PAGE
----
People keep asking me for a good book at work and I kept saying, The Imperfectionists is the best book I have read all year. Then it became that it was the best book I read last year. Then the best book I read in 2010. Now I just tell them it’s a great book and they should just read it. It doesn’t hurt that the style seems to deliberately be a version of Winesburg, Ohio – using several short pieces, all of which easily could stand on their own as short stories, to tell a novel-length tale. It is not just that the stories are inter-related (all of them deal with a failing international newspaper set in Rome and each story focuses on a different person at the paper, one of whom isn’t an employee but an oddly dedicated reader), but that the stories build on each other. That is what turns it into an amazing novel. You can read any story at any time and it will be enjoyable, with wonderful characterization and story-telling. But when read in order, they tell a magnificent tragic tale of this poor paper and its inevitable slide into decay.
The Imperfectionists is a first novel and it got amazing press and word-of-mouth (including a front page review on The New York Times Book Review), but sadly, it was over-shadowed by Franzen’s novel.
6 – Empire Falls (Richard Russo) – Pulitzer Prize
Given a fantastic treatment by HBO with their miniseries, but even that still can’t capture the epic scope of the novel. You can also see a much longer review here where I listed it at #70 in my list of the Top 100 Novels of all-time. As you can guess, the other four novels on this list ranked above it will also appear on that list, but I haven’t gotten to them yet.
5 – Atonement (Ian McEwan) – National Book Critics Circle Award
When I first wrote the list, back in July of 2008, only three books had been filmed (plus two television miniseries). Only one has been filmed since (HP&DH) though one more miniseries is on the way. But, of the original three, all were released in 2007, all were faithful to the books and two of them, Atonement and No Country, were the two best films of the year. You can read more here where it was #53 on my Top 100 list.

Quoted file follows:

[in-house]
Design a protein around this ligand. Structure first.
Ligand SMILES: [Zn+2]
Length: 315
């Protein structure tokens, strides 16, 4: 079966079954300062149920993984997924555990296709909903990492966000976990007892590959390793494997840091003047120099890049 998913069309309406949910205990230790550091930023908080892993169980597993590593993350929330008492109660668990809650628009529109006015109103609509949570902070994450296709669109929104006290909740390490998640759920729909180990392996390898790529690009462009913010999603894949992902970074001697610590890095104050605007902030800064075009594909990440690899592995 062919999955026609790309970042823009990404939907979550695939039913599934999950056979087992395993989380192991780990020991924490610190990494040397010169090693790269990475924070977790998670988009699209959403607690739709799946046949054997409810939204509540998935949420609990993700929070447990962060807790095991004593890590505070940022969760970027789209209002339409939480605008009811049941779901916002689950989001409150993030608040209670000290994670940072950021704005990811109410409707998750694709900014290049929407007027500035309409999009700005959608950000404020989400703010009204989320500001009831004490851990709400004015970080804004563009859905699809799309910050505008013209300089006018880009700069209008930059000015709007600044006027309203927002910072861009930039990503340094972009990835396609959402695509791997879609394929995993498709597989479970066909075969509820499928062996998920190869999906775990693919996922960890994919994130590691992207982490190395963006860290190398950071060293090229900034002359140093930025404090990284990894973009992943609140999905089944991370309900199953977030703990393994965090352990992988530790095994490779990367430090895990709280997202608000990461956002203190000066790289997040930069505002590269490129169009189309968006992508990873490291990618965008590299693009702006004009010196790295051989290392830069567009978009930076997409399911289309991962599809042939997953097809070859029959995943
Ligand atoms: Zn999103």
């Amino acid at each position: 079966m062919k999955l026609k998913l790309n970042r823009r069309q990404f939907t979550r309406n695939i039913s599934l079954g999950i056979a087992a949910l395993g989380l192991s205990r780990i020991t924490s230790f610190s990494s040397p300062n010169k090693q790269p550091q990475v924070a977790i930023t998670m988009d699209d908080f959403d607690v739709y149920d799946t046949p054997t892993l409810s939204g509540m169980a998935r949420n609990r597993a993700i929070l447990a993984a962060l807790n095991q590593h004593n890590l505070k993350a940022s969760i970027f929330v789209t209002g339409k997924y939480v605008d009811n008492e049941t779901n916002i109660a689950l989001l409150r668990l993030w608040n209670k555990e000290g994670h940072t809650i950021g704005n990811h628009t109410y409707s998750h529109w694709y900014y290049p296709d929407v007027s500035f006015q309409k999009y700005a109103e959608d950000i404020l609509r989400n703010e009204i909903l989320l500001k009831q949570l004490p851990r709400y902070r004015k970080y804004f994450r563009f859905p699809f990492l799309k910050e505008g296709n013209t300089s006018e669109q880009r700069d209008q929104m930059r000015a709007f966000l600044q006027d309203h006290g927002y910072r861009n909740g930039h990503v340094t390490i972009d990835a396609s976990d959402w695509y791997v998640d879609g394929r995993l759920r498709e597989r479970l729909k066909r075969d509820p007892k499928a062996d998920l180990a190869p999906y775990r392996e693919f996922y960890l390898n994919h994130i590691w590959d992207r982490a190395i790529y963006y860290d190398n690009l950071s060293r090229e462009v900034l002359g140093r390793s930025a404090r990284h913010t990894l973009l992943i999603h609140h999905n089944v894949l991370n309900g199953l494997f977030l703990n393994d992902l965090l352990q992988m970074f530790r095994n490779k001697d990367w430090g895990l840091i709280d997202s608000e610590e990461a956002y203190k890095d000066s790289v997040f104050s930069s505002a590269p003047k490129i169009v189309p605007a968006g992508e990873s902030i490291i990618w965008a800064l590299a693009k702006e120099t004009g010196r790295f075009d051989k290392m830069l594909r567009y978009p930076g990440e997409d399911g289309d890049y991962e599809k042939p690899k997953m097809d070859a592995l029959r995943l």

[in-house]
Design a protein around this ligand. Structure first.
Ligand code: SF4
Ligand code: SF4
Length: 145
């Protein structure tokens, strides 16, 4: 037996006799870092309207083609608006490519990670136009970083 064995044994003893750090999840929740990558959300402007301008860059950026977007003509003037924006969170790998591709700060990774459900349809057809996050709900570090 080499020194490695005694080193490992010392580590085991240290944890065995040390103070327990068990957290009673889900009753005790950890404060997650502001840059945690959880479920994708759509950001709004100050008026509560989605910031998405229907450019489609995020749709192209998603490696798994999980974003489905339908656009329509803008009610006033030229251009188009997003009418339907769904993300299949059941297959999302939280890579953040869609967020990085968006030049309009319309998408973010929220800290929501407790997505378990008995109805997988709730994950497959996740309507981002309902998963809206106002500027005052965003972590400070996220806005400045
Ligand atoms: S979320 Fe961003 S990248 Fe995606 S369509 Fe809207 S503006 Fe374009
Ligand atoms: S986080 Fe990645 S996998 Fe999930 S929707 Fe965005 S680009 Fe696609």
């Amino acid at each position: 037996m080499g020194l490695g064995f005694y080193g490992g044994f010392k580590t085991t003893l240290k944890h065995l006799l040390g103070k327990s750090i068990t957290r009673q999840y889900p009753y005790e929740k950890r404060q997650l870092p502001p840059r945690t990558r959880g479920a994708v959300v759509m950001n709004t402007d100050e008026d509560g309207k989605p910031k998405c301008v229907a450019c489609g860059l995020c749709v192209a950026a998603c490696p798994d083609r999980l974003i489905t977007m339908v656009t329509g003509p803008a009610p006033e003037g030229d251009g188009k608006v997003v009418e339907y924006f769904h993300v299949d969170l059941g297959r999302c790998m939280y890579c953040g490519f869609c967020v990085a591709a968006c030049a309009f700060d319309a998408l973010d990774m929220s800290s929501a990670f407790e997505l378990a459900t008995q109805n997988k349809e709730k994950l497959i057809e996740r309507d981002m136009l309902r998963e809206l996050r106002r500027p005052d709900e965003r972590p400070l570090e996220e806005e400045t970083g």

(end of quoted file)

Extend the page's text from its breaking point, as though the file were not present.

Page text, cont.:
4 – The Tiger’s Wife (Tea Obreht)
Just like The Imperfectionists was my best book of 2010, this was my book for 2011. And is still my book. It’s the first book I recommend to people. I got lucky enough to read the galley when the publicity was first starting to hit, a good month before the book came out, and when it did come out, it was instantly my staff pick. A brilliant book and Obreht creates a world as vibrant and alive and well-thought out as Faulkner’s. Not on my Top 100 list because I locked in the list when I began it, before this book was published. But it would have ended up between #53 and #52, clearly.
3 – White Teeth (Zadie Smith)
There are four debut novels in the top 10 and six in the top 15. We have a lot of great things to look forward to. This book went places I never expected it to, and I enjoyed every minute of it. There’s more written here, where it got to #52 on the Top 100 list.
2 – The Amazing Adventures of Kavalier and Clay (Michael Chabon) – Pulitzer Prize
Before The Dark Knight redefined what a comic book film could be, this was the novel that brought comic books into the mainstream. In spite of its length I’ve read it four times. It ended up at #34 on my Top 100 lists and you can find my longer review here.
1 – Jonathan Strange and Mr. Norrell (Suzannah Clarke)
An amazing combination of 19th century narrative with 20th Century fantasy and a whole world of British mythology thrown in makes for the best novel so far of the 21st Century. I got some grief for the number of dead white males on my Top 100 list. Well, three of my top 4 books here are by females and all three are debut novels. Read more here. It got all the way up to #22 on my Top 100.